Guilty, although my first car was a '55 Buick. Thanks for the DeSoto tip. I've been interested in the beast ever since I saw the one that used to park in our neighbourhood. That was a 4-dr. and the owner was visiting his girl. I think you're correct about Modelhaus and the '60 Plymouth but since I've got so much wrapped up with the one here, it'd be a little wasteful to buy another body. Incidentally, some of the parts used in the rebuild came from another project - a '62 Dodge 880. That took an X-El '61 Dodge and a JoHan '62 Chrysler, some strip stock, bodywork and some emblem casting. I cast the 'fratzogs' from the one on the rear deck of a '63 Polara. I have an original '68 Coronet partly built. It's so close to finished I should get it out and 'just do it'. I'm slowly (glacially?) working up the nerve to try building a stock '82 Thunderbird from one of those NA$CAR kits. I found one outside a repair shop and took lots of pics of the body contours for reference. IMHO, that was the last T-Bird until the new 2-seaters arrived. I have no time for the Taurobirds.
Bill Banaszak, MFE
Reply to
Bill Banaszak
Be kind. I started out building the old AMT and JoHan lines of cars, until I discovered aircraft and spacecraft (my true loves, after SWMBO and the kids!) I remember going down to the hobby shop (Field's in Buffalo, and occasionally Howard Ruth's) and dropping a dollar for my latest "fix".
-- John The history of things that didn't happen has never been written. . - - - Henry Kissinger
Reply to
The Old Timer
If I wanted to build a car as an antidote to AMS; perhaps a classic muscle car (not a racing car) from the 1960s or 70s, that is accurate and well detailed straight OOB, which kits should I look at?
Reply to
Joe Jefferson
And I've got essentially the same question for airline modelers: Which 1/144 airliner kits are accurate, well-detailed, and recommended as a break from AMS? Do any Southwest 737s fall into this category?
Reply to
Joe Jefferson
Try one of the Revell Airbus 330/340s or if you can find it, the 767-300, especially in a Revell Germany boxing. The A-380 and Beluga are as nice, but a trifle large :) For something smaller, try the Revell Avro RJ or the Fokker 100.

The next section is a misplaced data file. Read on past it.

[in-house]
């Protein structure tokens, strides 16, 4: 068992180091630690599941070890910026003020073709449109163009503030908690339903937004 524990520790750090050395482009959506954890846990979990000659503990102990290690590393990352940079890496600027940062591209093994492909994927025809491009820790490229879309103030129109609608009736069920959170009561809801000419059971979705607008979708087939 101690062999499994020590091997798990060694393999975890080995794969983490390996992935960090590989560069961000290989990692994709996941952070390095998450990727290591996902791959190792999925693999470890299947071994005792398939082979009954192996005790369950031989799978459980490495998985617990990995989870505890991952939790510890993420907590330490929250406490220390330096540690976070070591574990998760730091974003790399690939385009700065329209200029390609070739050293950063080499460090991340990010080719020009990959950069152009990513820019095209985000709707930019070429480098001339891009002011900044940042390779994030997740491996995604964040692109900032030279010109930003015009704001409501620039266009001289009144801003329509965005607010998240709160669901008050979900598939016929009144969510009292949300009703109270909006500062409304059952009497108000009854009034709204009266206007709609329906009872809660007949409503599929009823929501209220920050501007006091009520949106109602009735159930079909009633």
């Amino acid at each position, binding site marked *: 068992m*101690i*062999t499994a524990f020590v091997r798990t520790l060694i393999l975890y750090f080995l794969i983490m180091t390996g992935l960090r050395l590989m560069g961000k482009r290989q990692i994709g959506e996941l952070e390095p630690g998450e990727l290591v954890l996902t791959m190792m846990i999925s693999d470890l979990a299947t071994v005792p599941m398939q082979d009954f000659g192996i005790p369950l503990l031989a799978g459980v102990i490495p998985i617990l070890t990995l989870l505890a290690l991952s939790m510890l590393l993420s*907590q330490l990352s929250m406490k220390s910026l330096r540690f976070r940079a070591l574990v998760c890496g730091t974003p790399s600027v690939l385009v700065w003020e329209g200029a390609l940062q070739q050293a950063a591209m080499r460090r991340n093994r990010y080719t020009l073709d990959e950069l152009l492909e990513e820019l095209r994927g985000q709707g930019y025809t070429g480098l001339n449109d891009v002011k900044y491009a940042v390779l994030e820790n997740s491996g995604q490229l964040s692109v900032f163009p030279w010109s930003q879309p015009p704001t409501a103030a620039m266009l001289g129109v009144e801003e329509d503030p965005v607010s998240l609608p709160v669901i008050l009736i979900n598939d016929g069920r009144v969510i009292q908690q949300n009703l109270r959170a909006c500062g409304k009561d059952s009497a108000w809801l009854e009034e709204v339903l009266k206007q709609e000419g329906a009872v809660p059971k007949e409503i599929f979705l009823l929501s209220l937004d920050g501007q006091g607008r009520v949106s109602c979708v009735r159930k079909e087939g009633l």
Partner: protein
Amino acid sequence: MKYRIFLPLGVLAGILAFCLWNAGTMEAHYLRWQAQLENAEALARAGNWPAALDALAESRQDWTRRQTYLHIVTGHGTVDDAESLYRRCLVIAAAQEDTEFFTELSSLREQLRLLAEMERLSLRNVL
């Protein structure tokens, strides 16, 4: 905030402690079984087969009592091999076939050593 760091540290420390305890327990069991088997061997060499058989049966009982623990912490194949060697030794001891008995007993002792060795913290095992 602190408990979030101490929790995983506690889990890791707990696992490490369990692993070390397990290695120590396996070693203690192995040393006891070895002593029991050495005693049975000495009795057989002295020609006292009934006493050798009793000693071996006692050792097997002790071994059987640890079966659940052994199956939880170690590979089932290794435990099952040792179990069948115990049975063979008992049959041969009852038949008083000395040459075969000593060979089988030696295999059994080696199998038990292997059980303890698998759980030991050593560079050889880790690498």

The only widely available 737-300 is the Minicraft kit. It's nice and basic, but the rear end of the fuselage is a bit too fat. The level of detail is not up to the Revell kits. Daco is working on a 737 family that looks good, but it's not out yet. Check their website for details. There used to be Southwest decals available from ATP. I don't know where they can be obtained now. Have you loked at the AHS website?
The Minicraft MD-80 can be built into a very nice model straight out of the box, and I've been hearing nice things about the new 727-200 that's just been released in the UK and is to be out here in North America any day now...
Reply to
Jeff C
Thanks. I'll make a note of these and look for them on my next hobbyshop visit. Something like that should make a nice break from my long-term project of building every single model of the P-51, including prototypes, experimental versions, twin mustangs, and the Cavalier and Piper designs. All in the same scale.
I haven't looked anywhere yet. I just thought of Southwest as I was typing that post, because that's what I usually fly.
Great. Thanks.
Reply to
Joe Jefferson
Corvettes are pretty inspirational. Revellogram makes a decent '67 coupe and roadster. Also, I like the Cuda which is now available in convertible as well as coupe. There's plenty of Mustangs out there too. hth
The Keeper (of too much crap)
Reply to
Keeper
As an alternative to the Revellogram 'Vettes, have a look at the Accurate Miniatures Corvette Grand Sport - if you can find / afford it. I've got one and it looks real good - and I'm not even a Corvette fan!
RobG
Reply to
Rob Grinberg